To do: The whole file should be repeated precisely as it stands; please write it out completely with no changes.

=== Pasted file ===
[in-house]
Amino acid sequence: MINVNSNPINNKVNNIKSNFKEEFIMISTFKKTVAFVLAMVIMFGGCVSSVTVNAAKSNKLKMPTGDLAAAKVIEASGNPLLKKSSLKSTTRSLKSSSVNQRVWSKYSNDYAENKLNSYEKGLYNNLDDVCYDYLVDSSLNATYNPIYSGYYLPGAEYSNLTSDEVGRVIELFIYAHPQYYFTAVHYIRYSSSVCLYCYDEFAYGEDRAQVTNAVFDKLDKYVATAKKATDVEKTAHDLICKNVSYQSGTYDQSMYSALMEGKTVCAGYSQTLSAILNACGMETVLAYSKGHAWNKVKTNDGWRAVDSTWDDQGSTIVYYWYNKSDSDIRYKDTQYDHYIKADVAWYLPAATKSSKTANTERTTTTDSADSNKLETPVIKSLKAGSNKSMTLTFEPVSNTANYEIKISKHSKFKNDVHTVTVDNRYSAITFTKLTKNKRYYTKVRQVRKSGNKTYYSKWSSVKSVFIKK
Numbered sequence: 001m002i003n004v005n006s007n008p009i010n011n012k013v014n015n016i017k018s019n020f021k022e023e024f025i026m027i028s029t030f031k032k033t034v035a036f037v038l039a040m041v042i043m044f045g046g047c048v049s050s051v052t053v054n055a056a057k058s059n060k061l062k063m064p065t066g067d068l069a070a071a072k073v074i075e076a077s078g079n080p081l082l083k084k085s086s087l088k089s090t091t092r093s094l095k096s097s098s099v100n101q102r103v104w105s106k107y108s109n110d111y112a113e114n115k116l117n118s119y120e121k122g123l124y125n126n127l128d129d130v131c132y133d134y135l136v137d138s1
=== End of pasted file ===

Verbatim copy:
[in-house]
Amino acid sequence: MINVNSNPINNKVNNIKSNFKEEFIMISTFKKTVAFVLAMVIMFGGCVSSVTVNAAKSNKLKMPTGDLAAAKVIEASGNPLLKKSSLKSTTRSLKSSSVNQRVWSKYSNDYAENKLNSYEKGLYNNLDDVCYDYLVDSSLNATYNPIYSGYYLPGAEYSNLTSDEVGRVIELFIYAHPQYYFTAVHYIRYSSSVCLYCYDEFAYGEDRAQVTNAVFDKLDKYVATAKKATDVEKTAHDLICKNVSYQSGTYDQSMYSALMEGKTVCAGYSQTLSAILNACGMETVLAYSKGHAWNKVKTNDGWRAVDSTWDDQGSTIVYYWYNKSDSDIRYKDTQYDHYIKADVAWYLPAATKSSKTANTERTTTTDSADSNKLETPVIKSLKAGSNKSMTLTFEPVSNTANYEIKISKHSKFKNDVHTVTVDNRYSAITFTKLTKNKRYYTKVRQVRKSGNKTYYSKWSSVKSVFIKK
Numbered sequence: 001m002i003n004v005n006s007n008p009i010n011n012k013v014n015n016i017k018s019n020f021k022e023e024f025i026m027i028s029t030f031k032k033t034v035a036f037v038l039a040m041v042i043m044f045g046g047c048v049s050s051v052t053v054n055a056a057k058s059n060k061l062k063m064p065t066g067d068l069a070a071a072k073v074i075e076a077s078g079n080p081l082l083k084k085s086s087l088k089s090t091t092r093s094l095k096s097s098s099v100n101q102r103v104w105s106k107y108s109n110d111y112a113e114n115k116l117n118s119y120e121k122g123l124y125n126n127l128d129d130v131c132y133d134y135l136v137d138s1